The scientists then noticed that the AA365-425 region of the EBNA1 protein is structurally quite similar to a part of a human protein called GlialCAM. The GlialCAM protein is expressed by certain cells in the brain, including notably oligodendrocytes — the cells chiefly responsible for producing myelin, the fatty sheath around nerve fibers that is the target of the autoimmune attack in MS.

Tests showed that the mAb MS39p2w174 antibody was able to bind to GlialCAM in a similar manner to how it binds to the viral EBNA1 protein. But the two antibody regions that were important for binding to GlialCAM had been altered via SHM: The germline antibody (that is, prior to undergoing SHM) was able to bind to EBNA1, but had little affinity for GlialCAM.

Further testing of the remaining 147 antibodies revealed 10 antibodies from seven patients that bound to the same region of GlialCAM, plus seven antibodies from four patients that bound to other regions of the protein.

The team then looked at blood samples from 36 MS patients and 20 people without MS (controls). While most people had antibodies against EBNA1 — consistent with the widespread prevalence of EBV — MS patients had markedly higher levels of antibodies that targeted GlialCAM.

Additional analyses of two independent groups — one with 71 MS patients and 50 controls, another with 67 patients and 31 controls — also found higher levels of antibodies that target GlialCAM in MS patients.

Finally, the scientists conducted a series of experiments using mice with experimental autoimmune encephalitis, a model frequently used to study MS. The team found that injecting the mice with EBNA1 (to trigger an immune response against the protein) markedly worsened myelin loss and increased immune cell levels in the brain, indicating a worsening of MS-like disease. Additionally, mice immunized with EBNA1 “generated robust antibody responses to both [EBNA1] and GlialCAM,” the researchers reported.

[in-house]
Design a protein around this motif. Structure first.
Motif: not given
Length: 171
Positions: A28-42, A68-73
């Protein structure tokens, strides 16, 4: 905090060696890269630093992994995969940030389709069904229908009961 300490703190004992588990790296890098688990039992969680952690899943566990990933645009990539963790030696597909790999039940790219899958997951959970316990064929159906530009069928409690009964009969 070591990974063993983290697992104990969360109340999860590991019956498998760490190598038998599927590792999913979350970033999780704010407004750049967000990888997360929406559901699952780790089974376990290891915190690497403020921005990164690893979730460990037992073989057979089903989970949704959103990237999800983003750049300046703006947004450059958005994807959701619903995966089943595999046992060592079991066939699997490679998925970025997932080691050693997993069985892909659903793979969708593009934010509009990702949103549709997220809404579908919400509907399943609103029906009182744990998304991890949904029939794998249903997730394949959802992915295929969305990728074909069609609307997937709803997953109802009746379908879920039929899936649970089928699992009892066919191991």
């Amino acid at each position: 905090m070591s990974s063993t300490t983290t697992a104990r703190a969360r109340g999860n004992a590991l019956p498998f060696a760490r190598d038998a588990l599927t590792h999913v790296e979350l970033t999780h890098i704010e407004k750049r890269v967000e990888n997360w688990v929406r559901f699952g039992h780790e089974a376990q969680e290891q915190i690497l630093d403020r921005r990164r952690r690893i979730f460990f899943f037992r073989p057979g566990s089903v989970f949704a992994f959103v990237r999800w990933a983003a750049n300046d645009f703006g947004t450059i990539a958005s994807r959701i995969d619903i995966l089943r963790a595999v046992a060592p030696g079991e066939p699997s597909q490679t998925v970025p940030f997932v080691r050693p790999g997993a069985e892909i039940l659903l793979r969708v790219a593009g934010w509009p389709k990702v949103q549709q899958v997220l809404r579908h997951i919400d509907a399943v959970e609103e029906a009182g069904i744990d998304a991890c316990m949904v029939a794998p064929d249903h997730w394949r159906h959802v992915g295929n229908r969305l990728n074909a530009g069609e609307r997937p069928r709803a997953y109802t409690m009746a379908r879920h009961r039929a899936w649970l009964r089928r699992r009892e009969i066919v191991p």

Putting it all together

From all these data, the researchers constructed a conceptual model for how EBV might spur the development of MS.

First, patrolling B-cells would come in contact with the infecting virus, and some B-cells with antibodies that target the EBNA1 protein would become activated. In the course of activating, these cells undergo SHM, which could inadvertently increase the antibody’s ability to target GlialCAM.

The antibodies then bind to GlialCAM that is expressed by healthy cells in the nervous system, which triggers the immune system to attack — ultimately leading to the development of an autoimmune disease.

“Until now, we didn’t have a step-by-step account of how this drives the immune system to attack a person’s own myelin sheath. This new research fills in those gaps and provides clarity into how EBV infection can cause MS,” Steinman said.

The results imply that targeting EBV infections might be a useful strategy for treating MS — and indeed, Steinman noted, this idea is already being explored. For example, Atara Biotherapeutics is sponsoring a Phase 2 clinical trial called EMBOLD (NCT03283826) to test ATA188, an experimental therapy that aims to kill EBV-infected cells in progressive forms of MS.

“These new data further link MS to EBV-infected B cells and plasma cells, highlighting the role of EBV antigens, including EBNA1 protein, in the development of the disease,” said AJ Joshi, MD, Atara’s chief medical officer.

“Importantly ATA188, Atara’s investigational MS therapy, targets key epitopes of these antigens, including EBNA1, with the hope of ultimately delivering a new treatment option for the millions of people currently living with MS,” Joshi added. “The actively enrolling Phase 2 EMBOLD study, with a formal interim analysis planned for [the second quarter of] this year, will be a major step toward that direction.”